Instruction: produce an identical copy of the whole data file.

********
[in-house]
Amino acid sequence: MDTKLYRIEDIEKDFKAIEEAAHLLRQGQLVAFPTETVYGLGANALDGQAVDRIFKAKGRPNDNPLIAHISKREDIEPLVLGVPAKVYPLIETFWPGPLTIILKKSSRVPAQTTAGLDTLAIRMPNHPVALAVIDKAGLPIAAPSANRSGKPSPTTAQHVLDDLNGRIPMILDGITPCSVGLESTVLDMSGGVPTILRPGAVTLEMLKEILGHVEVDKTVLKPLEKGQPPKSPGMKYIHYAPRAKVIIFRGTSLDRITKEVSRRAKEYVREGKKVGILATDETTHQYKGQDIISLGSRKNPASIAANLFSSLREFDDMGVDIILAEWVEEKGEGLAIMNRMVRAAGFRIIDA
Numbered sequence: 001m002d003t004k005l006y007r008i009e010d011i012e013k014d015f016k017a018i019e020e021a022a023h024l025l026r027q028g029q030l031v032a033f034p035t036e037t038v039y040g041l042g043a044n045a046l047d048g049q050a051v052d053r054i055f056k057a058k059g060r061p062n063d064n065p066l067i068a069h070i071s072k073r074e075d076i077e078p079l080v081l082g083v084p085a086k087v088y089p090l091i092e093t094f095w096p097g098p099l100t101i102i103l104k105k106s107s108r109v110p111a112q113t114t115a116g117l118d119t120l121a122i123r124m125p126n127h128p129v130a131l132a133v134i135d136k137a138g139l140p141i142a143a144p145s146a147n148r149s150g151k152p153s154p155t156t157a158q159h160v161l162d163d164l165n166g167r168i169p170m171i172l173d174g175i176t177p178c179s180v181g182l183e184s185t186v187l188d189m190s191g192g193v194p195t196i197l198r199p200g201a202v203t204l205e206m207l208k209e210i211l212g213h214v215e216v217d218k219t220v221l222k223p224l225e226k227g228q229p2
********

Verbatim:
[in-house]
Amino acid sequence: MDTKLYRIEDIEKDFKAIEEAAHLLRQGQLVAFPTETVYGLGANALDGQAVDRIFKAKGRPNDNPLIAHISKREDIEPLVLGVPAKVYPLIETFWPGPLTIILKKSSRVPAQTTAGLDTLAIRMPNHPVALAVIDKAGLPIAAPSANRSGKPSPTTAQHVLDDLNGRIPMILDGITPCSVGLESTVLDMSGGVPTILRPGAVTLEMLKEILGHVEVDKTVLKPLEKGQPPKSPGMKYIHYAPRAKVIIFRGTSLDRITKEVSRRAKEYVREGKKVGILATDETTHQYKGQDIISLGSRKNPASIAANLFSSLREFDDMGVDIILAEWVEEKGEGLAIMNRMVRAAGFRIIDA
Numbered sequence: 001m002d003t004k005l006y007r008i009e010d011i012e013k014d015f016k017a018i019e020e021a022a023h024l025l026r027q028g029q030l031v032a033f034p035t036e037t038v039y040g041l042g043a044n045a046l047d048g049q050a051v052d053r054i055f056k057a058k059g060r061p062n063d064n065p066l067i068a069h070i071s072k073r074e075d076i077e078p079l080v081l082g083v084p085a086k087v088y089p090l091i092e093t094f095w096p097g098p099l100t101i102i103l104k105k106s107s108r109v110p111a112q113t114t115a116g117l118d119t120l121a122i123r124m125p126n127h128p129v130a131l132a133v134i135d136k137a138g139l140p141i142a143a144p145s146a147n148r149s150g151k152p153s154p155t156t157a158q159h160v161l162d163d164l165n166g167r168i169p170m171i172l173d174g175i176t177p178c179s180v181g182l183e184s185t186v187l188d189m190s191g192g193v194p195t196i197l198r199p200g201a202v203t204l205e206m207l208k209e210i211l212g213h214v215e216v217d218k219t220v221l222k223p224l225e226k227g228q229p2